I’m going to a meeting in Comuna 8 in Buenos Aires today.
I’m not very sure what the meeting is about but a good friend and colleague has invited me, so here I am, sitting in her car and looking at a paper guide and to the somewhat – but never enough – familiar buildings. It’s the first time I have come here in a car and not by bus, and there is something simultaneously disorienting and unsettling about it. But my friend knows what she’s doing, so I just let myself flow with her.
The middle class never goes to the South.
That’s, amongst other things, why I started going – I could never believe how the city is subdivided into such two clear parts, and everyone has naturalised them. People from the South do go to the North: for work, for paperwork, for entertainment. Those from the North, however, never go to the South. They consider it ‘far’. This ‘farness’ does not take into account actual distance: they would very readily go to a North location laying much further away, if measured in miles, than the South locations they refuse to even consider. No – the distance is symbolic. And I can never fully believe how everyone has naturalised this to such degree in a city that considers itself open, homogeneous, democratic.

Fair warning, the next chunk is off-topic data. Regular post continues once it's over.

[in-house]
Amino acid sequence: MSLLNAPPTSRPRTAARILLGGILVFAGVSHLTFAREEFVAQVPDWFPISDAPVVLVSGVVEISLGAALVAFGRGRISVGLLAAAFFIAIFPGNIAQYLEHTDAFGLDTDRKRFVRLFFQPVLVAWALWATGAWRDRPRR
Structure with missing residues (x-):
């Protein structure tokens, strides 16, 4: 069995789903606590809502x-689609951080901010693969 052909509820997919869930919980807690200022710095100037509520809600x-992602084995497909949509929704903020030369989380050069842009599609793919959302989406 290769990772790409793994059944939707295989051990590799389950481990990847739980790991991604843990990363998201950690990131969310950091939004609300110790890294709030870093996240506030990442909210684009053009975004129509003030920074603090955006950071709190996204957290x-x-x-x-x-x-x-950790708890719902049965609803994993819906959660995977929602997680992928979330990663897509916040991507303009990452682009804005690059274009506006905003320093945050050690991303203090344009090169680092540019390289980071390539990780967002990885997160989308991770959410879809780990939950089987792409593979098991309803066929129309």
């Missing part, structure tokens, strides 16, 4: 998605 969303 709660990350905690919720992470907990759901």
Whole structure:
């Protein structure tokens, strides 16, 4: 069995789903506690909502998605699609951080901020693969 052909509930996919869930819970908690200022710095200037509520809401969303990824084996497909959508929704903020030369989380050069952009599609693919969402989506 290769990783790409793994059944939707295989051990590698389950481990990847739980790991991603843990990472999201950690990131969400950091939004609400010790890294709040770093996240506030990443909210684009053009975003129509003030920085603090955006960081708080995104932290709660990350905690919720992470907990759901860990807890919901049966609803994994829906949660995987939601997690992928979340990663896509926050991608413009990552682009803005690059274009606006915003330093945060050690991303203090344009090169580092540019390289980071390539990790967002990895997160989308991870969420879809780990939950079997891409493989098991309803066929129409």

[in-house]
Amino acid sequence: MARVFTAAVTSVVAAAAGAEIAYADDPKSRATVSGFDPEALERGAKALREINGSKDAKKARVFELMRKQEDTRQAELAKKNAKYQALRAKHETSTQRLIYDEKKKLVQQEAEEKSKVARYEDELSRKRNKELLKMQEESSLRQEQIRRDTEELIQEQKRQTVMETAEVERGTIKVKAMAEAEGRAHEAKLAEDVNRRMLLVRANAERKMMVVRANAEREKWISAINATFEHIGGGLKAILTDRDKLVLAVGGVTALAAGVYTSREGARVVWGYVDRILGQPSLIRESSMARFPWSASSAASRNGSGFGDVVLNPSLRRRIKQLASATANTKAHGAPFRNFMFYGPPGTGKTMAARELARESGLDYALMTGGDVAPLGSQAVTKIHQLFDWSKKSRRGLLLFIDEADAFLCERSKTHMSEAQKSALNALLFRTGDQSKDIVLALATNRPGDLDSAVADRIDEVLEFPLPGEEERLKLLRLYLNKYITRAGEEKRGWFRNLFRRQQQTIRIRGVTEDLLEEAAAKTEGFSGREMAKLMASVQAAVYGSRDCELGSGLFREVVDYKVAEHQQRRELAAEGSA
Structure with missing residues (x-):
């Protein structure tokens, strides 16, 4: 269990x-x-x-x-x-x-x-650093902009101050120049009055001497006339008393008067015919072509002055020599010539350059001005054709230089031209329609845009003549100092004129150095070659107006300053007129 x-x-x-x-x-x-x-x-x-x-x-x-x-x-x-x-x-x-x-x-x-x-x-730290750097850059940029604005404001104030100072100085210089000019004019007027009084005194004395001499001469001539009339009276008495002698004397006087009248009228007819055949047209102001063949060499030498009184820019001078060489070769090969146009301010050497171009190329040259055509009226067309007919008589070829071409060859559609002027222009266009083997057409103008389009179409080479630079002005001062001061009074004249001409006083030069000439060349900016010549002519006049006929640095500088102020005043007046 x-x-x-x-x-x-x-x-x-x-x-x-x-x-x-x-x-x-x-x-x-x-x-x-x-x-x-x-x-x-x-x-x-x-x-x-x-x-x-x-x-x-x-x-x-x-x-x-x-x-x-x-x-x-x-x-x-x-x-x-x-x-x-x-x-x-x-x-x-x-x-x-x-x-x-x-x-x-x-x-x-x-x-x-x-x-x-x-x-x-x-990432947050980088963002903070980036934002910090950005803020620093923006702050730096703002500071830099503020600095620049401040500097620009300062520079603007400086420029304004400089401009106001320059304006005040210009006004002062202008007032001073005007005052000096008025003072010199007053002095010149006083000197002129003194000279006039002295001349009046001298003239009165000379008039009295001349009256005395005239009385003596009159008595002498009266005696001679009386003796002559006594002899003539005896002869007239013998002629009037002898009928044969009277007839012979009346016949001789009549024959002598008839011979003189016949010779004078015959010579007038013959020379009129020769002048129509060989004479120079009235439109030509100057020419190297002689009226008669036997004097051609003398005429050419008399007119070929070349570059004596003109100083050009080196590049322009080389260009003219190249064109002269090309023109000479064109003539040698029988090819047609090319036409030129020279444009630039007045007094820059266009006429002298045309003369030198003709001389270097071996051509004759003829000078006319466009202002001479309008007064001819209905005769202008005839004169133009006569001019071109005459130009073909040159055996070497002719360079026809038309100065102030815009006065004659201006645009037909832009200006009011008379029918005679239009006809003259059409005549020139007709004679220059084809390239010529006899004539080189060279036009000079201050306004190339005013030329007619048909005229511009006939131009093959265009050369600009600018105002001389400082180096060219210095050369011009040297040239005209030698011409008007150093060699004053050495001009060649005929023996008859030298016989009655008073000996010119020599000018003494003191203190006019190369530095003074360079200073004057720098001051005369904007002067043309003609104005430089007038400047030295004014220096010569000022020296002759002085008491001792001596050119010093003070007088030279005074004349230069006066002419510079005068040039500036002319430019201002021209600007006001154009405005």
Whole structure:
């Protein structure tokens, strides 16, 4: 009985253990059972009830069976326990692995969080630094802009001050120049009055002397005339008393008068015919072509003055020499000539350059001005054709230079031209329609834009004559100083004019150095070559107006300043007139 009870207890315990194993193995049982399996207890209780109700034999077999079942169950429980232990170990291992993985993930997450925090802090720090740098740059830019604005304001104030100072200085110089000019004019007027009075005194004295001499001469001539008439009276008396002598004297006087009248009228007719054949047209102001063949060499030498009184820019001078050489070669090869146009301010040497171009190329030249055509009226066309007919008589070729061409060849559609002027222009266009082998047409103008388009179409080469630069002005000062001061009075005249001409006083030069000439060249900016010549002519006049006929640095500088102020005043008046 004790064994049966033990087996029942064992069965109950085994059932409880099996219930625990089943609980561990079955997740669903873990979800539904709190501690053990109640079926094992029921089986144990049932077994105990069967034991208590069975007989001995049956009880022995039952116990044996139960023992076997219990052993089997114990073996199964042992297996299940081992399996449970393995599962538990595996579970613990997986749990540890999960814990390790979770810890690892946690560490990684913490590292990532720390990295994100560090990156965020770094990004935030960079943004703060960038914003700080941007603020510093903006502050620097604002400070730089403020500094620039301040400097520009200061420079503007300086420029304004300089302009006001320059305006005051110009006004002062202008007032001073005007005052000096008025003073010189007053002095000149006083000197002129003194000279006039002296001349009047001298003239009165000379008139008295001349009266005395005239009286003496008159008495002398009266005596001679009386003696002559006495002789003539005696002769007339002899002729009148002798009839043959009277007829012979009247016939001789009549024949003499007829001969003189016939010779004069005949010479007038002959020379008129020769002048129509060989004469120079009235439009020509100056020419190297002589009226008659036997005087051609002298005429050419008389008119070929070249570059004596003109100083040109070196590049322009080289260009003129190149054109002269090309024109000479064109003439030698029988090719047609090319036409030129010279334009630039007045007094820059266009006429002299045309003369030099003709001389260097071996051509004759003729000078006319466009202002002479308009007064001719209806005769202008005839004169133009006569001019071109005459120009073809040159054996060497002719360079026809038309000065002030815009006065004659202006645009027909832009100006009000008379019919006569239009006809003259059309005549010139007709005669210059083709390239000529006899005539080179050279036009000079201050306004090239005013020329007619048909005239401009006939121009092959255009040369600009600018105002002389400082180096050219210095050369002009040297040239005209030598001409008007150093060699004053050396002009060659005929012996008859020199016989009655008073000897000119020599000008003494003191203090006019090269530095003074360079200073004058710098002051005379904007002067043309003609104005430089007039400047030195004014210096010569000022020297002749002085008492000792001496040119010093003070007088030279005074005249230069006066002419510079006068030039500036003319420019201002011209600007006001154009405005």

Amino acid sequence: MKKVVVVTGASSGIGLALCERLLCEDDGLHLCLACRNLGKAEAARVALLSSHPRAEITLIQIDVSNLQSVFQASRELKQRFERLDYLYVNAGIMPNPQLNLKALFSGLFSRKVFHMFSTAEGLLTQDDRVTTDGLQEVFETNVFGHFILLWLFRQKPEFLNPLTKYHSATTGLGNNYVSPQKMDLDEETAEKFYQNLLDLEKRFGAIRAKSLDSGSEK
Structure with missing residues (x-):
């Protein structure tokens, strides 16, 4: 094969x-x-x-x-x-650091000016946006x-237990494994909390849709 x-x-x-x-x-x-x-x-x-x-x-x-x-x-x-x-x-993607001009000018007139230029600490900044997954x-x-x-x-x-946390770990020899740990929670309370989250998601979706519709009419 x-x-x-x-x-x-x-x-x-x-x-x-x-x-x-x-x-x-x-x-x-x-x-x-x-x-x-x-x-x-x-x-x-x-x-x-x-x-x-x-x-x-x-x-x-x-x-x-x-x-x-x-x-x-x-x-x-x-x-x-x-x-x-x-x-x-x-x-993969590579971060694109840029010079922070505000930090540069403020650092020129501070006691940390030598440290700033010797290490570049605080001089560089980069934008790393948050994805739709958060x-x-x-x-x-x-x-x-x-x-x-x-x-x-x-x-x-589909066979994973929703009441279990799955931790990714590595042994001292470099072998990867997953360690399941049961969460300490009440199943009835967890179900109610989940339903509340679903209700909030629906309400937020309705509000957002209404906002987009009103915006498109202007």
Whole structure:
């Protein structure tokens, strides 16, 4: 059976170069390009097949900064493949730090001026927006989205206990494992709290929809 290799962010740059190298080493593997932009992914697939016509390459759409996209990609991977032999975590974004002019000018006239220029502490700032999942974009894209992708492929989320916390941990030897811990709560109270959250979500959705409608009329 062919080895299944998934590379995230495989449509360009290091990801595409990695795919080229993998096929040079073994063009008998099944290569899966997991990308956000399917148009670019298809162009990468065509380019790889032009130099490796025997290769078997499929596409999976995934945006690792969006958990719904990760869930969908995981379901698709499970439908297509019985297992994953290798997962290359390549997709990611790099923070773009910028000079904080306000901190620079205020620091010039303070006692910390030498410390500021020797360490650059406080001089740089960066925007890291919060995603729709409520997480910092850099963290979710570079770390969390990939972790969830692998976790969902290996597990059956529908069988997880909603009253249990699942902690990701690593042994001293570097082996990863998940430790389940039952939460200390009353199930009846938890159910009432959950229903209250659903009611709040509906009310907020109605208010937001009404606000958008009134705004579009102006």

I did not only start going to the South as much as I could (eight years ago I moved from BA to Cambridge, and later London, which did not help!), but also to study it. I wanted to start bridging this gap. Not only that: I wanted to start understanding it. Studying the history of the South was in fact the ideal excuse to go there each time I visited Buenos Aires, to talk to people and to dive into archives, old maps and forgotten community leaflets. I wrote a whole thesis about this. Still I am not really sure I am understanding things enough as to bridge any gap, or to positively help anyone.
So here we are, on arrival – I expect somewhat of a participatory planning meeting, but we’ll have to see. Of the whole ‘South’ (I’ve been using this overarching term for a territory which is in fact massive and extremely complex), we are in the North-East corner, in a location whose history I wrote about but which I do not know enough about in the present situation. Let us see what the community has to say today. I hope I’ll be able to give back one day to this city which has taught me so much and shown me so many layers.
Adriana Laura Massidda